It’s an old joke. You say, “What is the essence of comedy?” And just as the person starts to respond, probably with “I don’t know,” you interrupt and say “Timing!” It’s funny because it’s true.
And if you asked me what’s wrong with Cannibal, the Musical, now at Blank Canvas Theatre, I’d quickly reply, timing! Because there is little to none of it in this piece featuring book, music and lyrics by (a much younger) Trey Parker. Yes, he’s the co-creator of South Park and The Book of Mormon, but Cannibal was his first show, and it shows.
It features all of Parker’s trademark gifts for politically incorrect japes and gross-outs. Indeed, there are splatter-zone seats ringing the stage where patrons are promised to be doused in various theatrical replicas of bodily fluids expelled from various character orifices.
What the show doesn’t have are well-crafted comic characters (even gross ones) or a small twinge of wit. And the timing! Long pauses surround most lines as the actors appear to grope for what to say next. This is hard to understand, since director Patrick Ciamacco has proven himself to be excellent at his craft. Evidently he spent too much time making sure the fart nozzles and eyeball squirters were working perfectly.
The story? It’s based on the true account of Alferd (yes, that’s how it’s spelled) Packer who was officially charged with cannibalism for dining on some members of his expeditionary party when they were snowed in somewhere on the way to Colorado during the winter of 1874.
That’s a lot to chew on, but in this 90-minute show the fun cannibalism stuff doesn’t happen until about the 75-minute mark. That leaves a lot of time to fill and this cast isn’t up to the challenge—unless you laugh loudly and reflexively whenever anyone says a dirty word or does something disgusting. In that case it would be easier to just attend any seven-year-old boy’s birthday party.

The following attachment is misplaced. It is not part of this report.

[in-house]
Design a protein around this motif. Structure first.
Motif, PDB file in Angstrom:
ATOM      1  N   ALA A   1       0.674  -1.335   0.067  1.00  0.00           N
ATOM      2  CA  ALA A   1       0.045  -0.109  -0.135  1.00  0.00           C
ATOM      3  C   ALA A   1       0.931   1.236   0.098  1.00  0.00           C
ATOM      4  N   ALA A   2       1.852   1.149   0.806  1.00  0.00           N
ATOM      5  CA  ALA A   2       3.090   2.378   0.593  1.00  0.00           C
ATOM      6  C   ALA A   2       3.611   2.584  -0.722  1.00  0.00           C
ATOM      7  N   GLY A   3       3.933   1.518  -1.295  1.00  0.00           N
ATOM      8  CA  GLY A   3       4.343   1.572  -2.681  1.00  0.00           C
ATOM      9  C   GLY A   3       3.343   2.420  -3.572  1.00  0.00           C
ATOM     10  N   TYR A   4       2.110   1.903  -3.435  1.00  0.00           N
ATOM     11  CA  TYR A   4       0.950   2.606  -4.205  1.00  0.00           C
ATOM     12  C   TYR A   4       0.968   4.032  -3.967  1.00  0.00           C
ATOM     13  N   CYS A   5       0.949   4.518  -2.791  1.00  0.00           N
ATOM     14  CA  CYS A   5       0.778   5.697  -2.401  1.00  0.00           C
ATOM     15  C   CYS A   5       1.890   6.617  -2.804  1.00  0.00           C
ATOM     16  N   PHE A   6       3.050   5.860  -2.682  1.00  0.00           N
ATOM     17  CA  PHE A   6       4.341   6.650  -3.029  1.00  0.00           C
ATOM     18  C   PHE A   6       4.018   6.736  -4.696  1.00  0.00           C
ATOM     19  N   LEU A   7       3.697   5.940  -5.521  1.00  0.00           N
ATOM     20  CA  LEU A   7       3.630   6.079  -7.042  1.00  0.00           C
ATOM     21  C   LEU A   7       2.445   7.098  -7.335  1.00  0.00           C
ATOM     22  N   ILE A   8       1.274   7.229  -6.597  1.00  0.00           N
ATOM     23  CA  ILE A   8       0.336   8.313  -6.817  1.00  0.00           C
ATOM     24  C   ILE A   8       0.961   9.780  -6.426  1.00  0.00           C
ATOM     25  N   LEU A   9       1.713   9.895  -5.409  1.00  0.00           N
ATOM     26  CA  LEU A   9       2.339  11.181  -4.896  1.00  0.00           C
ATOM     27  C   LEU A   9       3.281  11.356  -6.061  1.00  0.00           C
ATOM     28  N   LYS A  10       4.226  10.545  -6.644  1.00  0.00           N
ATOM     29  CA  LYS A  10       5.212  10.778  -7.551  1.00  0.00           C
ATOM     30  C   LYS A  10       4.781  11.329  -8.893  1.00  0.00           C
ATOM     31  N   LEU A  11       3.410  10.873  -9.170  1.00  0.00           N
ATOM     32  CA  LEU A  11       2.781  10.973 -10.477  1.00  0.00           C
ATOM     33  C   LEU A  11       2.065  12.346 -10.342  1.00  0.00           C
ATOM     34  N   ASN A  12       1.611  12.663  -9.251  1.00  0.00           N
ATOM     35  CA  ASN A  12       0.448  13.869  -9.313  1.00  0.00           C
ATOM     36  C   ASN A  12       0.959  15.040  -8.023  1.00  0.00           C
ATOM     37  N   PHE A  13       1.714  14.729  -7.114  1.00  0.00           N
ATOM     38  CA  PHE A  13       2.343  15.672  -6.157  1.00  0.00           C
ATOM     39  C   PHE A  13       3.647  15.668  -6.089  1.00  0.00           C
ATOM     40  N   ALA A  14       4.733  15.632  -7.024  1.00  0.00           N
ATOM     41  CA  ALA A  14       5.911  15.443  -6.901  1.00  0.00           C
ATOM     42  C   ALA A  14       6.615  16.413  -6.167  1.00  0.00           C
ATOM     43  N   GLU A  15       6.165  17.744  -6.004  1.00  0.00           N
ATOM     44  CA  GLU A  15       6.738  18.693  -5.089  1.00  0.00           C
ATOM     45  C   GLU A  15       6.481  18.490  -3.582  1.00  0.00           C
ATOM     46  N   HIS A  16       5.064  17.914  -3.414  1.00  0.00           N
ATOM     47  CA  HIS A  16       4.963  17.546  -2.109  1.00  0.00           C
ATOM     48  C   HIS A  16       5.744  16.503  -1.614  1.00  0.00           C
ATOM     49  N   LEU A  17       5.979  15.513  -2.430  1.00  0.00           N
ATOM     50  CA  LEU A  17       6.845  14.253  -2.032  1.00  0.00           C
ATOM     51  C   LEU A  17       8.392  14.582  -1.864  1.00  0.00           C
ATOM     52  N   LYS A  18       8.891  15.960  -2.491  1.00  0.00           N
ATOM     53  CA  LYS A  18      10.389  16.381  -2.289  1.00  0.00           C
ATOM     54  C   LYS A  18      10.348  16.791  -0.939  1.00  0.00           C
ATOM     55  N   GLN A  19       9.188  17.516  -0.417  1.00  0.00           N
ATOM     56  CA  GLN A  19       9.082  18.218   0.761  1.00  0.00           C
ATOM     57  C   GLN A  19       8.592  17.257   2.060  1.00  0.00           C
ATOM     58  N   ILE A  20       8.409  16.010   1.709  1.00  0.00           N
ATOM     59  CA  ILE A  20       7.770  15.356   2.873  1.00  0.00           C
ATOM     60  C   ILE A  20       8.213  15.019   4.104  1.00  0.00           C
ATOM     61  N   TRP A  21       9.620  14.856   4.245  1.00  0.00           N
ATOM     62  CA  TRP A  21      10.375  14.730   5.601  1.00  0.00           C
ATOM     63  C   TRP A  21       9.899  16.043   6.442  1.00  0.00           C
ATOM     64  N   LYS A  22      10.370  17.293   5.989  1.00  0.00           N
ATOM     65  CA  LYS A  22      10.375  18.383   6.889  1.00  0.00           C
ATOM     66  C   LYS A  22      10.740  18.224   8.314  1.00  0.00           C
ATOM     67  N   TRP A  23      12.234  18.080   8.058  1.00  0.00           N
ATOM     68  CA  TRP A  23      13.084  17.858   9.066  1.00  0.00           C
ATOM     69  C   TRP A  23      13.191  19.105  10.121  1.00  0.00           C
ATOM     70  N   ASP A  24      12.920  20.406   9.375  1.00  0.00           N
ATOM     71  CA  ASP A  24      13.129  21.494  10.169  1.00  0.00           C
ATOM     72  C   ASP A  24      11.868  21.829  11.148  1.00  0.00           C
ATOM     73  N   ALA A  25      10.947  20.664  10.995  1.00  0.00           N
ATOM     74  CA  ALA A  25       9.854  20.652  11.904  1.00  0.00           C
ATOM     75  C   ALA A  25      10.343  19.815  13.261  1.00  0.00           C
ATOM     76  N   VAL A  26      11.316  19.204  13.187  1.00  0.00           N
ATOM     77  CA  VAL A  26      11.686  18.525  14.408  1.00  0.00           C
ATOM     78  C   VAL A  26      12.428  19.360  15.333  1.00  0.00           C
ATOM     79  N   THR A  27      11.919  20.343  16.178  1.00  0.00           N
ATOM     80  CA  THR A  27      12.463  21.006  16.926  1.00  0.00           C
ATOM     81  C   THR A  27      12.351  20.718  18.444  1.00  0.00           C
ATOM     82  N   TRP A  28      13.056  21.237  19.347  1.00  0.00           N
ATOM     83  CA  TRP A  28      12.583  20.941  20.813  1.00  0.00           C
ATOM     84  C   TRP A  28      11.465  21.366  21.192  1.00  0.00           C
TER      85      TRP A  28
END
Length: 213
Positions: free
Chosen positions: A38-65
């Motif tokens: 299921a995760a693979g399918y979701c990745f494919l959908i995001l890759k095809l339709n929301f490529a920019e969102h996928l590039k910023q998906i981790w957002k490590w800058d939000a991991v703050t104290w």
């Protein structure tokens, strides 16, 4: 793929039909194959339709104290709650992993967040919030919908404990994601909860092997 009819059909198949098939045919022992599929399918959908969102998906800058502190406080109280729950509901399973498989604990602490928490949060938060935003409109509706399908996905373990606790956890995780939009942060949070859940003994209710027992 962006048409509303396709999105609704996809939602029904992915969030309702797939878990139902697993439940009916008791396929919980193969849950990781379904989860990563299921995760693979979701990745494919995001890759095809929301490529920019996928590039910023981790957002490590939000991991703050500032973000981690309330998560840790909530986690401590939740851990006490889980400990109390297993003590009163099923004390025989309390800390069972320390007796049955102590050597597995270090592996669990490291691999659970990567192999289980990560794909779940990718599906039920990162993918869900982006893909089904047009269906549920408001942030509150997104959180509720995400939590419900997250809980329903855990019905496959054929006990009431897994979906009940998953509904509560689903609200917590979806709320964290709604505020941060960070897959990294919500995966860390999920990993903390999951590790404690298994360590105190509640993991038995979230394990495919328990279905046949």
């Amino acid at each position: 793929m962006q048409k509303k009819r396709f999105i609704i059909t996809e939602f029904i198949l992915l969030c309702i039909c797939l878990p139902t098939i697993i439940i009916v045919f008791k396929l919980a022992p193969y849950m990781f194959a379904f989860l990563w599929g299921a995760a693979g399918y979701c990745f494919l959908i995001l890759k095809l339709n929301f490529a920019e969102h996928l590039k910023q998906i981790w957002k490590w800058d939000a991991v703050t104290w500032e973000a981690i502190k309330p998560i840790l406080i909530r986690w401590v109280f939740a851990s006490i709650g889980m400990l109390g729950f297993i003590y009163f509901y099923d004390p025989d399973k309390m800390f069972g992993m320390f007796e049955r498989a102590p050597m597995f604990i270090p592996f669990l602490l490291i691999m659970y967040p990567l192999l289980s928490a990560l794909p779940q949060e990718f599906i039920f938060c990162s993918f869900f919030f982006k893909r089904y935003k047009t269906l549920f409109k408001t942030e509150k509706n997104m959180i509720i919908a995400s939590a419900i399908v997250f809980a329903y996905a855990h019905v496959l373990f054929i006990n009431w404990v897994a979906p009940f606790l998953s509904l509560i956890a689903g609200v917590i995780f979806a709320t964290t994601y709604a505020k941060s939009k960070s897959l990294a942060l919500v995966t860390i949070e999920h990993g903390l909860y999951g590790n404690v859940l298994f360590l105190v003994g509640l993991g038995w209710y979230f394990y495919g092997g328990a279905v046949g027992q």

I have nothing against gross and offensive humor, as long as it is performed with skill and a soupcon of intelligence. None of that is present in this show, except for a clever rendition of “Let’s Build a Snowman” performed wonderfully by David Turner and a reasonably joyous ensemble singing of “Hang the Bastard” after Packer is arrested for his dietary choices.
As Packer, Noah Hrbek sings adequately but is oddly and inappropriately inoffensive. And Meg Martinez as Polly, a local reporter who tries to get the story, also sings well but does not have the acting chops to handle some supposedly amusing moments.
Trey Parker is a gift to the world for his later works cited above which are clever, subversive, and hilariously brilliant. As for Cannibal, it’s only for the hard-core fans of juvenilia (insert wet fart sound here). Timing!
Cannibal, the Musical
Through October 28 at Blank Canvas Theatre, West 78 Street Studios, 1300 W. 78 St., 440-941-0458, blankcanvastheatre.com.